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The Warrior-class strike craft (ex Minister class) in service with the South African Navy are modified Sa'ar 4 (''Reshef'') class fast attack craft. The class was initially known as the Minister class as all the boats were named after South African Ministers of Defence. The strike craft flotilla was known as SAS ''Scorpion''.

History

In March 1971, a South African project team visited Britain, France and Portugal to investigate alternative designs for future frigates or corvettes. A decision was made to buy corvettes from Portugal, with four ships of an upgraded version of the being ordered. However, due to the changing of the political climate in Portugal following the 1974 Carnation Revolution, the new Portuguese authorities cancelled the transference of the corvettes to South Africa, instead integrating them in the Portuguese Navy, where they formed the . The then Minister of Defence, P. W. Botha, had already started discussions with Israel to buy their ''Reshef''-class missile boats, designated Project Japonica. In 1974, a contract was signed with Israeli Military Industries for the construction of three of the modified ''Reshef''-class vessels at the Haifa facility of Israeli Shipyards. A further three were built immediately after at the Sandock-Austral shipyard in Durban, South Africa, with three more being built at the same facility several years later. The imposition of the international embargo on the sale of arms to South Africa on 4 November 1977 forced the project to be carried out under a cloak of security. The South African variants were fitted with Gabriel missiles, otherwise known as 'Scorpion' missiles, and had two Oto Melara 76 mm guns instead of a single one with a Phalanx CIWS.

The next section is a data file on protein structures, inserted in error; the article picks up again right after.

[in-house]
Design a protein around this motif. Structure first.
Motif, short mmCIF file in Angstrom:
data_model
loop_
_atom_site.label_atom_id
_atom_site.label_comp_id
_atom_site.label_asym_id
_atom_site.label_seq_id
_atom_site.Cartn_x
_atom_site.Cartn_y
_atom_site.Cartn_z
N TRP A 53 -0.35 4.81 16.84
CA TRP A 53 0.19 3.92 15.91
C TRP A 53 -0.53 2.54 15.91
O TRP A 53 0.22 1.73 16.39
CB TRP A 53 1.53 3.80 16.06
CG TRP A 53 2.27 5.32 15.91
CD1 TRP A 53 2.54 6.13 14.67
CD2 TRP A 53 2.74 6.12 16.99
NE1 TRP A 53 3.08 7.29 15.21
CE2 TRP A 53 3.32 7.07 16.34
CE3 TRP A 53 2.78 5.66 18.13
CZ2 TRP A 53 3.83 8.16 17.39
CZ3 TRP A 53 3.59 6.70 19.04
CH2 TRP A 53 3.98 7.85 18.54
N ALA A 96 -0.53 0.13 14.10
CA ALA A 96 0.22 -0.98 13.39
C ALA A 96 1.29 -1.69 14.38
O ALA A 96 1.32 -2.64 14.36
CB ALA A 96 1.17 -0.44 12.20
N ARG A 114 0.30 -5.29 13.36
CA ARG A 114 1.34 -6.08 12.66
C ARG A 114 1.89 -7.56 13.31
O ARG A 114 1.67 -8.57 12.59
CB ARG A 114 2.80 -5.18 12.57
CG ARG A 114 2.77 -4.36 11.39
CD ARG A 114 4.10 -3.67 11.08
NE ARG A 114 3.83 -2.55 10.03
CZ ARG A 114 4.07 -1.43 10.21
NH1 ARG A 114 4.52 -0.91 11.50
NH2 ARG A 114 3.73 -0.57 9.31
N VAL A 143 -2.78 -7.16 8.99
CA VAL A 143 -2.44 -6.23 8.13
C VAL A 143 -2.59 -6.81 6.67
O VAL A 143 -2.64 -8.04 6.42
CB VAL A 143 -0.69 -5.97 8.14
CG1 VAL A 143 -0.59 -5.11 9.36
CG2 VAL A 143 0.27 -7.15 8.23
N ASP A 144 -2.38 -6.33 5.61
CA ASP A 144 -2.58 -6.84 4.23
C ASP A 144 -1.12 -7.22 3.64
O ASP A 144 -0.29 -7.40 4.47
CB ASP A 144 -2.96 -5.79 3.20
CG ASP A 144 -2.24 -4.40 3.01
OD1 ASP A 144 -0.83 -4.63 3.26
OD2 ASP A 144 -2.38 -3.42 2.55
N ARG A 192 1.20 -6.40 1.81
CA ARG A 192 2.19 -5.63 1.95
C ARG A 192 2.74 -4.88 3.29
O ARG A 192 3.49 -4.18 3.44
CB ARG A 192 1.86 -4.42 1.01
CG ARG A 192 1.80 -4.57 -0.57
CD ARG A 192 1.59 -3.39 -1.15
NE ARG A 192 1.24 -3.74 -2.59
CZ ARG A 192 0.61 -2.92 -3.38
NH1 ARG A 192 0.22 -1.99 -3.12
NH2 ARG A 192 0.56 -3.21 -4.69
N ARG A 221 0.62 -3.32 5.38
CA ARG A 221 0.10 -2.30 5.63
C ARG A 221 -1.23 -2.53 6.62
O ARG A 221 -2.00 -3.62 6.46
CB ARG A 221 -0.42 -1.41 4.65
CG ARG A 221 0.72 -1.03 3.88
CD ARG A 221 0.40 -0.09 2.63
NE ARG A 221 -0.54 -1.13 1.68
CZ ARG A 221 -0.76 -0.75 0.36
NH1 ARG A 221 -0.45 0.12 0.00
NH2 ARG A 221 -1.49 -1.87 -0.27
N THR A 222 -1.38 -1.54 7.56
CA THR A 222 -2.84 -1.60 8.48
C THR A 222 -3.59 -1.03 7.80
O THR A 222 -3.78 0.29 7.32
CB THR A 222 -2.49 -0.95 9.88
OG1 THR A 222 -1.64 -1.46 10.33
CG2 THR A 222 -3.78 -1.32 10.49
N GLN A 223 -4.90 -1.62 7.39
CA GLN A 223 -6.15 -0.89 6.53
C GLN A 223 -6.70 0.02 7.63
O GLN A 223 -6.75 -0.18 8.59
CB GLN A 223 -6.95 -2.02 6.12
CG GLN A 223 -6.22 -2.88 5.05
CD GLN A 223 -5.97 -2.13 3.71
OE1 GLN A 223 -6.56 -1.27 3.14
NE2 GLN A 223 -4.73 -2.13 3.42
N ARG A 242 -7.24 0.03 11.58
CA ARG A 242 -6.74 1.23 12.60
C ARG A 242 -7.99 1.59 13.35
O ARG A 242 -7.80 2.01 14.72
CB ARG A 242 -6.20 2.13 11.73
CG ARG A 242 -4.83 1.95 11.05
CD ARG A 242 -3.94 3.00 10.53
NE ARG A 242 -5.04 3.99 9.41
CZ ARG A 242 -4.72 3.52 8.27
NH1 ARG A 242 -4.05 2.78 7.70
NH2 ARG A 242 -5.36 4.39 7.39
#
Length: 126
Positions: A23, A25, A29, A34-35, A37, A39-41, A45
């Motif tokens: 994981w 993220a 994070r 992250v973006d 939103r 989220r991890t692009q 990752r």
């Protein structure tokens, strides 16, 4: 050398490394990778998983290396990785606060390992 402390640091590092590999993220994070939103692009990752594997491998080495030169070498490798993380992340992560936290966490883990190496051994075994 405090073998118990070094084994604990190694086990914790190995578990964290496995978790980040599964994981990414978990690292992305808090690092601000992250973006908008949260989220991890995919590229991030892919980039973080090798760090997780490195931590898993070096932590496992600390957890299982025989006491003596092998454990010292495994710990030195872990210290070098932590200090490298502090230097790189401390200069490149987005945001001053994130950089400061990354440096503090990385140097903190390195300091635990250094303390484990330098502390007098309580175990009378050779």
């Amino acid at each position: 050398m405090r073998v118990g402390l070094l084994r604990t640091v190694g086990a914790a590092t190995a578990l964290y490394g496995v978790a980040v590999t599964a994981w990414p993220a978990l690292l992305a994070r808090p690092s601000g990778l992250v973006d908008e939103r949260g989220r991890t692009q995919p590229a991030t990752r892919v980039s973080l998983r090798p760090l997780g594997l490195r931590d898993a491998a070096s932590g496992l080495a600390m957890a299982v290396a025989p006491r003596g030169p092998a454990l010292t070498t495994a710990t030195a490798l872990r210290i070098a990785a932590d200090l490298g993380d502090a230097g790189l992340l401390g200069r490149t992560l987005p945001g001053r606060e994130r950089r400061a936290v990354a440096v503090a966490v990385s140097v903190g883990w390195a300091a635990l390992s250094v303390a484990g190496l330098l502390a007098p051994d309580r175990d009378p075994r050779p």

SAS ''Scorpion''

With the arrival of the strike craft, a strike craft flotilla was formed in 1977 under the command of Captain Glen Syndercombe. This flotilla was renamed SAS ''Scorpion'' in 1980. The flotilla was formed into two squadrons in 1985, with four ships being in service at one time in Squadron 1 and two in service with Squadron 2, which was based in Simon's Town.

Boats built

A total of 9 boats were eventually built.

Conversion to offshore patrol vessel role

Three decommissioned Warrior-class strikecraft were refurbished by SA Shipyards and recommissioned as offshore patrol vessels (OPVs) from 2012 to 2014. Their aged Skerpioen missile launchers were removed, providing extra room for a small RHIB boat and a small contingent of seaborne commandos to board suspect vessels. Reclassed as OPVs, these vessels are armed with one OTO Melara 76 mm naval artillery gun, the rear one of the two originally fitted having been removed, as well as a pair of 20 mm guns and a pair of 12.7 mm heavy machine guns. Three of the former strikecraft were refurbished and are commissioned as SAS ''Isaac Dyobha'' (P1565), SAS ''Galeshewe'' (P1567) and SAS ''Makhanda'' (P1569). Their home port is Naval Base Durban which is undergoing an upgrade in preparation for the new patrol flotilla. A fourth vessel, SAS ''Adam Kok'' (P1563), is being considered for refurbishment. However, as of August 2014 it appears unlikely that this fourth vessel will be converted, though its fate remains undetermined. Rear Admiral Hanno Teuteberg, Chief Director Maritime Strategy, said in 2013 that the early indications are that the life of the OPV vessels can be extended for at least five or more years, to coincide with Project Biro, the new build Offshore/Inshore patrol vessel project.

See also

* List of decommissioned ships of the South African Navy * List of ships of the South African Navy

References

{{South African Navy Category:Ships of the South African Navy Category:Israel–South Africa relations